It seems that Christopher Nolan has dispensed with any notions of calling The Dark Knight a Batman film, and that is not surprising given the relative lack of screen time afforded to the caped crusader (or is that Superman?) in this the third of what is hopefully only a trilogy.

It's not that I didn't like it, more that three films is enough and usually two too many in most cases. Despite this and other minor quibbles, The Dark Knight Rises (not Batman) is an enjoyable yarn which sees our hero called back into action after several years in recluse at his enormous house. This is because Tom Hardy has turned up playing the part of a quite manic villain called Bane. At this point I couldn't get the term Bane v Wayne out of my head, but I pressed on manfully. Even when I heard Bane's voice I bravely refused to give up on proceedings. Bane wears a mask which helps him breathe, owing to some facial injury which may or may not have been very well explained in the lengthy establishing phase of the film. Yet the voice, coupled with the mask, make him sound and look a bit like a Darth Vader parody, and if there is one thing in film that I don't have a sense of humour about it is Darth Vader. Vader is the greatest baddie in film history bar none. You can keep your Michael Corleone aswell. And the Star Wars theft doesn't end there, as Liam Neeson turns up at one point as a wise old sage offering insight to someone about something. Mercifully, there are no light sabres.

But Bane isn't looking to rule the galaxy far, far away anyway. His mission is two-fold but rather conflicting and therefore possibly self-defeating. On the one hand he wants to stuff it up the rich people of Gotham City for their decadence, overthrowing them in the process, but on the other hand he wants to detonate a nuclear device which would blow the whole city to Buggery and back. If he has a plan for how he is going to escape the carnage himself then I'm not totally clear on what it is. And besides I just can't get past the voice and the mask. Get your own villain Nolan.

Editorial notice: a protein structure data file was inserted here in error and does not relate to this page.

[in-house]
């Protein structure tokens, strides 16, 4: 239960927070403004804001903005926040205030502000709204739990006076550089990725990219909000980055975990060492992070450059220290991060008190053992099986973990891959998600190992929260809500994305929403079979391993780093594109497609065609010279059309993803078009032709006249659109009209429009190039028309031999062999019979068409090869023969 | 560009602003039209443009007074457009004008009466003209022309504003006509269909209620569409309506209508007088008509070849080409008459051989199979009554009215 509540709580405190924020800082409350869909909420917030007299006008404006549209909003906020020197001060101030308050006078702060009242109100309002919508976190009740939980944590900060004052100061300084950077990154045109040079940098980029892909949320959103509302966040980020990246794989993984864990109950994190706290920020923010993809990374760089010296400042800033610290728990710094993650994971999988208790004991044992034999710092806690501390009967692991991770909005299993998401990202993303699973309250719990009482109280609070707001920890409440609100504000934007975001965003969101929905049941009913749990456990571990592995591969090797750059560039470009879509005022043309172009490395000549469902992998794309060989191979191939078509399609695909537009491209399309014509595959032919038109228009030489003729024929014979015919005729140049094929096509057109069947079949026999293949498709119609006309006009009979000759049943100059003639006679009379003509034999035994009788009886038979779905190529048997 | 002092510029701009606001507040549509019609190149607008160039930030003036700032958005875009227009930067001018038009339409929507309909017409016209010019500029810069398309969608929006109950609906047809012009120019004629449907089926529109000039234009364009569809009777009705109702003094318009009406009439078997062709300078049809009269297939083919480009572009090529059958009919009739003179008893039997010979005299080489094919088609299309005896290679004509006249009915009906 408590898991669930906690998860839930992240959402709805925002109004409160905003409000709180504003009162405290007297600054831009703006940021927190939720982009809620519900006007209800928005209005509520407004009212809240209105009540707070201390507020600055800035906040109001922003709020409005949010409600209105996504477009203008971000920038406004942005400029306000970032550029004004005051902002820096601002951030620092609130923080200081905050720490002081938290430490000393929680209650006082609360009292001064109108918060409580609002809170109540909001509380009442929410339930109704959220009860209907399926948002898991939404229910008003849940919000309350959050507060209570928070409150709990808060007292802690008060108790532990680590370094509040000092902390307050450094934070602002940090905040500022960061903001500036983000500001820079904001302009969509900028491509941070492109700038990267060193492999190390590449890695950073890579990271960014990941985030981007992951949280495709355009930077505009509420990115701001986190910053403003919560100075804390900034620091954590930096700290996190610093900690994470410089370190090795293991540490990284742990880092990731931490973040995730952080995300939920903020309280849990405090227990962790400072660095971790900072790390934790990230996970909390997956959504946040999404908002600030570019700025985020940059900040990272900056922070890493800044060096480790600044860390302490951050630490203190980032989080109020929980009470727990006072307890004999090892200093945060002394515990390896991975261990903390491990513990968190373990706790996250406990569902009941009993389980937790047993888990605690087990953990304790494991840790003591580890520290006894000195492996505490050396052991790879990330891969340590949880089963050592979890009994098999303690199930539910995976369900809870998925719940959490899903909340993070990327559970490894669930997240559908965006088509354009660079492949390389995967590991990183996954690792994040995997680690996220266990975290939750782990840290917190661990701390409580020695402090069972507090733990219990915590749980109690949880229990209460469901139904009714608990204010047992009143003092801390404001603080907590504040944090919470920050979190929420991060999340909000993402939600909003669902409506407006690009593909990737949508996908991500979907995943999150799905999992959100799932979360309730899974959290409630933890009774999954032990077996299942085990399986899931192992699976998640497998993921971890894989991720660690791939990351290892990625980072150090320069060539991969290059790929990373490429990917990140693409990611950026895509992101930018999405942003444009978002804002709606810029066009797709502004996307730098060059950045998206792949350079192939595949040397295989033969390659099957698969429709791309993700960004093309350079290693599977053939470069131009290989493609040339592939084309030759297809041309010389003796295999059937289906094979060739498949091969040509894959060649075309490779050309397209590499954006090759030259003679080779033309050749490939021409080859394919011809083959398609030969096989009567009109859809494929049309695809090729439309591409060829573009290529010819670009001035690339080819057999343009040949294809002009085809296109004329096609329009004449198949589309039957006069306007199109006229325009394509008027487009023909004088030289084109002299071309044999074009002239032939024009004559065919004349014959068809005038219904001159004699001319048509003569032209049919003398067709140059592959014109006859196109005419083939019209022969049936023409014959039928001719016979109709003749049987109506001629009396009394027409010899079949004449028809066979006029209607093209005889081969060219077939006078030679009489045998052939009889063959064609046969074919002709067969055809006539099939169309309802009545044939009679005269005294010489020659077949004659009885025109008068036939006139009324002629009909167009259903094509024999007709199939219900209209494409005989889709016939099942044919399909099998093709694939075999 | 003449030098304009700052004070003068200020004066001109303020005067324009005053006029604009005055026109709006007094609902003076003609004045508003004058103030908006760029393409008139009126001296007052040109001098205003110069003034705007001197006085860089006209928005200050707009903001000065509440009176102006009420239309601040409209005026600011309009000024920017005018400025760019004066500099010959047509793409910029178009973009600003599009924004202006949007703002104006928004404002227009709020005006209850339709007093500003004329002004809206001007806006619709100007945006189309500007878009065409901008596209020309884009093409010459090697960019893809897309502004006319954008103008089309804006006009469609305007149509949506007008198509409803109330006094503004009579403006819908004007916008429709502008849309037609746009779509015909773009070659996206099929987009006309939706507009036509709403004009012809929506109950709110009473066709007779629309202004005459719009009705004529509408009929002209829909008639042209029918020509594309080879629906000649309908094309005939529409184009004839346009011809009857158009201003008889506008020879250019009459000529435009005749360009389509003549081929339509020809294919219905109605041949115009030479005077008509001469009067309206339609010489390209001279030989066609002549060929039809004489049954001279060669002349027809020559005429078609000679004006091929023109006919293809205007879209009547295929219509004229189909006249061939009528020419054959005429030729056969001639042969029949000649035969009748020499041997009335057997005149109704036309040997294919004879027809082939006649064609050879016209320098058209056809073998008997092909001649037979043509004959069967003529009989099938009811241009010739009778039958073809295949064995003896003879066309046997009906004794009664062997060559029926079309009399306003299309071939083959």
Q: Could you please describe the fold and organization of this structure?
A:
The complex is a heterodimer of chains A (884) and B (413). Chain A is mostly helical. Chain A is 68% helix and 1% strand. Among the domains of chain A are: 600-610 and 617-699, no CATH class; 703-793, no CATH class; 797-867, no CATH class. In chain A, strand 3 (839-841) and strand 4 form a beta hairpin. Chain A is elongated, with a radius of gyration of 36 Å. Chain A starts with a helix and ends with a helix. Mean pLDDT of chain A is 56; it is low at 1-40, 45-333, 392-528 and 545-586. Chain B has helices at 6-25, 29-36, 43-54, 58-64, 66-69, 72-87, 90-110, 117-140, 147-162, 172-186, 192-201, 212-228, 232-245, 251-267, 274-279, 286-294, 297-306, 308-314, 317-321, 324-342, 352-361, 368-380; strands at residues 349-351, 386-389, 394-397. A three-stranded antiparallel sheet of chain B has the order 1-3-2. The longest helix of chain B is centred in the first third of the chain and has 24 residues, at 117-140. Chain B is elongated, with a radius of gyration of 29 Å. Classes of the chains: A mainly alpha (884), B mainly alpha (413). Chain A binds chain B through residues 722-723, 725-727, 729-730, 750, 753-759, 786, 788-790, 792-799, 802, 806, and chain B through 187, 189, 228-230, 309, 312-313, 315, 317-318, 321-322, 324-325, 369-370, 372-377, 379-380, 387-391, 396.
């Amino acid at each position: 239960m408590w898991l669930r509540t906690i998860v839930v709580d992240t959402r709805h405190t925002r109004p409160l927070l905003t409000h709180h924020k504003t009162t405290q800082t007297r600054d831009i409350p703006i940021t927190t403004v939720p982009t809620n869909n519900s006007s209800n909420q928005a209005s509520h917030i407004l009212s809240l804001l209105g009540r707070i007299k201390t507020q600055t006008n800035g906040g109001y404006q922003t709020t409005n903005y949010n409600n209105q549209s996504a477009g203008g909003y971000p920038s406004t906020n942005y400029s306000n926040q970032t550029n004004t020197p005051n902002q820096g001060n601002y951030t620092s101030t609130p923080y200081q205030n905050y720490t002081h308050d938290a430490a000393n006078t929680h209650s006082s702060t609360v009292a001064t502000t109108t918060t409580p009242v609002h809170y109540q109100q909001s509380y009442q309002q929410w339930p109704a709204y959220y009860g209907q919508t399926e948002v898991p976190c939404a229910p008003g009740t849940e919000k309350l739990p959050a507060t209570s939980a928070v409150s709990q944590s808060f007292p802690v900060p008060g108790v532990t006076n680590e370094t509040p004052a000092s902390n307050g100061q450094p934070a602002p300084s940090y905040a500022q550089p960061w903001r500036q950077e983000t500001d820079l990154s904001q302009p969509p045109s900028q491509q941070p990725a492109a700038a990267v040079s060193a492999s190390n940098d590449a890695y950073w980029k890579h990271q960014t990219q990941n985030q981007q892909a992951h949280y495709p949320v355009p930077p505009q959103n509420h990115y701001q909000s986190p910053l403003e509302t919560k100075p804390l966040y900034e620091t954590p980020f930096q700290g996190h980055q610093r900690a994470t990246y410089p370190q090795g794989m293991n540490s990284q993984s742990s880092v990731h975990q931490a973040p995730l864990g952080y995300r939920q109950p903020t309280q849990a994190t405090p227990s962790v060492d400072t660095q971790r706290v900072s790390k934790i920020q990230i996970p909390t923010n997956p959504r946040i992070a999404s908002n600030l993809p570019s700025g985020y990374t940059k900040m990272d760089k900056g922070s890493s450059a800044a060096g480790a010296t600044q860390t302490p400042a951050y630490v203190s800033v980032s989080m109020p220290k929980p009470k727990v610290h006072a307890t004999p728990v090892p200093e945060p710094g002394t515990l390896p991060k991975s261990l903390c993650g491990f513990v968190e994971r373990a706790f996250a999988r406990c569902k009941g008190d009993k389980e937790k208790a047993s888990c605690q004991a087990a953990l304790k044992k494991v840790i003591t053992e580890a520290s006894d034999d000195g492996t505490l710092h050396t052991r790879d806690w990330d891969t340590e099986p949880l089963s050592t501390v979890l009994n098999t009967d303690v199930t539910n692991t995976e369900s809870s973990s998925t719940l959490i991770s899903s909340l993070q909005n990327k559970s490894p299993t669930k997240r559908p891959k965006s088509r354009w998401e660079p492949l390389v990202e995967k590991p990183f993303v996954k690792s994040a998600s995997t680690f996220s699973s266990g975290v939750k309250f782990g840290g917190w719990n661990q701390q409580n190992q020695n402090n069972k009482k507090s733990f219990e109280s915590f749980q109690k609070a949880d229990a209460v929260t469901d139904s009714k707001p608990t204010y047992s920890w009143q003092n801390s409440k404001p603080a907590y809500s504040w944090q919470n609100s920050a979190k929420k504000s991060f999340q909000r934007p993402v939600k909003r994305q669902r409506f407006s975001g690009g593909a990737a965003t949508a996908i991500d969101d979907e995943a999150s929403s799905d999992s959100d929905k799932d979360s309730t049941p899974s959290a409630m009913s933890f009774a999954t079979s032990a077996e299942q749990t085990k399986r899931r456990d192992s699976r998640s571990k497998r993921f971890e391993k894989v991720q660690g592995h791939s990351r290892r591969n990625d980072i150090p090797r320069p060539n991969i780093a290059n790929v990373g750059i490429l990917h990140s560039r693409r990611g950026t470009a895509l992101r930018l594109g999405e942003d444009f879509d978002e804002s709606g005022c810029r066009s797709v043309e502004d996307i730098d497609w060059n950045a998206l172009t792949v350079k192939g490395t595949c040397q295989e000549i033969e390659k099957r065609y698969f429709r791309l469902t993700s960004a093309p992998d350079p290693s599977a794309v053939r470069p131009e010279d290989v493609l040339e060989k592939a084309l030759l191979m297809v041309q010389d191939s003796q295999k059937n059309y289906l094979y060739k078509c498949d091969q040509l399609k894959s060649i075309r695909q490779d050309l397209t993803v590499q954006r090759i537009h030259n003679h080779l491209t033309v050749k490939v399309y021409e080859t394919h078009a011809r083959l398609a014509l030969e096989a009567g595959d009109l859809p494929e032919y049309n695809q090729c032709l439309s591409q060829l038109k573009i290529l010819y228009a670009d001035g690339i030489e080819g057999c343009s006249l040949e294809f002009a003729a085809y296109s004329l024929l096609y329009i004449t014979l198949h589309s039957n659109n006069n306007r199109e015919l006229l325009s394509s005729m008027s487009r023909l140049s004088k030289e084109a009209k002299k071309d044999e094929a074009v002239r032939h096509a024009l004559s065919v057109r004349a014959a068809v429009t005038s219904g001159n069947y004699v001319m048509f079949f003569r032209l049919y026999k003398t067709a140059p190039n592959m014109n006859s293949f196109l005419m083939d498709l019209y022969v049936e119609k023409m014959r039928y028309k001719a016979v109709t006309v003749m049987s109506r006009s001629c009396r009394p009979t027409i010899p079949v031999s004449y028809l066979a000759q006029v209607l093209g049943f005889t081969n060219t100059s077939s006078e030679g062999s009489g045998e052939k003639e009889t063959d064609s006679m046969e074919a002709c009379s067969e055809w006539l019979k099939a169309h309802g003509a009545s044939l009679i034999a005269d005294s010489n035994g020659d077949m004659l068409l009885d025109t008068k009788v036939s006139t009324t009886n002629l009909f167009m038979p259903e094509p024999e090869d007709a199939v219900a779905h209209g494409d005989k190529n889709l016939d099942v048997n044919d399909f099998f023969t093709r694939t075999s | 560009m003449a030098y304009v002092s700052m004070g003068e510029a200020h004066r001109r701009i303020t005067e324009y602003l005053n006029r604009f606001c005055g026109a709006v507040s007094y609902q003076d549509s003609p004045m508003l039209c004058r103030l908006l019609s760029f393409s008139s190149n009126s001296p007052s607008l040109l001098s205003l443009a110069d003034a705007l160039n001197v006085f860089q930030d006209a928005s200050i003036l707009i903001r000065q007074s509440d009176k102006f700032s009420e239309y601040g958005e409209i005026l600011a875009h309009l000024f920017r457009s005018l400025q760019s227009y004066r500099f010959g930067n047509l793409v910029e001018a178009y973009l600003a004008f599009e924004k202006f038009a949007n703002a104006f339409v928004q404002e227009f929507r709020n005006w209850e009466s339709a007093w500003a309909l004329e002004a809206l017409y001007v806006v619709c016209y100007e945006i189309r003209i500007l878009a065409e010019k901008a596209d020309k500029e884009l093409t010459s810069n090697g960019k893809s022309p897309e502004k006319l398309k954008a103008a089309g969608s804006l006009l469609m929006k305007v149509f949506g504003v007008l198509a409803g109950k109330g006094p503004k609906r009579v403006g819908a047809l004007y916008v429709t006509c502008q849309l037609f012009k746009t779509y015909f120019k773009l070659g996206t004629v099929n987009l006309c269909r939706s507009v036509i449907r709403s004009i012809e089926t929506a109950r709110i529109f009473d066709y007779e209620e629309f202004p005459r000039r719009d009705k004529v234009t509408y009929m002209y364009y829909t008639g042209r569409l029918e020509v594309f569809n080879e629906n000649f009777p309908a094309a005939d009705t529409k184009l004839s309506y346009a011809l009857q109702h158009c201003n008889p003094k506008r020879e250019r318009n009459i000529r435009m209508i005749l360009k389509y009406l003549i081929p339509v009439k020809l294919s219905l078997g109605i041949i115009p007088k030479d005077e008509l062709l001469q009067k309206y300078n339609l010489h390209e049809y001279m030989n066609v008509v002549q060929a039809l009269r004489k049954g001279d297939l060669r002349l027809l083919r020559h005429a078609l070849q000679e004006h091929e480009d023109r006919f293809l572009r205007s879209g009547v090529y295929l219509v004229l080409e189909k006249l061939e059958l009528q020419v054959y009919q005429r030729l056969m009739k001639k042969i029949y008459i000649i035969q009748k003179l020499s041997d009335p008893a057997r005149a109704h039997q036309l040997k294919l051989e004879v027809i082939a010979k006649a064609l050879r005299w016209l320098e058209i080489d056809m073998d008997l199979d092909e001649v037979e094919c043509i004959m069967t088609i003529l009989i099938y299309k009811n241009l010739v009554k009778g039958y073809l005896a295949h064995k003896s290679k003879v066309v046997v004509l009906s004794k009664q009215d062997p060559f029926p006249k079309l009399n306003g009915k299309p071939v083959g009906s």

Romantic interest is provided by Anne Hathaway as Catwoman (she's actually a burgler called Selina who's sole motivation is to get as far away as possible as quickly as possible with as much cash as possible) and Marion Cotillard as Miranda Tate, a rich bitch who helps keep Bruce Wayne afloat when his company more or less collapses following an unlikely raid on the stock exchange by our man Bane. He is also able to arrange for an entire American football field to crumble piece by piece in a brilliantly over the top scene, the best thing about which is that the man carrying the ball merely carries on running, reaches the endzone and turns around to investigate what all that noise behind him might have been.

And another thing about Bane, while we're on the subject, I couldn't help but think of McBain from The Simpsons every time he came on screen. You know the one, the Arnie parody? If only Bane (and Wayne once he dons the cape, for that matter) was as easy to understand as Arnie I might have got a little more to grips with the finer points of the plot.

Batman (sorry Christopher) regulars Michael Caine and Morgan Freeman provide their usual steady turns also, as we move towards a quite breathtaking and undeniably exciting climax. Can Bane's demented plot be stopped or are the citizens of Gotham (including the poor children) doomed to either explode or die slowly from radiation poisoning? You'll have to go and see it if you want to find out but I can, despite my disparaging tones, heartily recommend that you do so. The Dark Knight is fun, frantic, folly, and what could be better than that for a Tuesday night?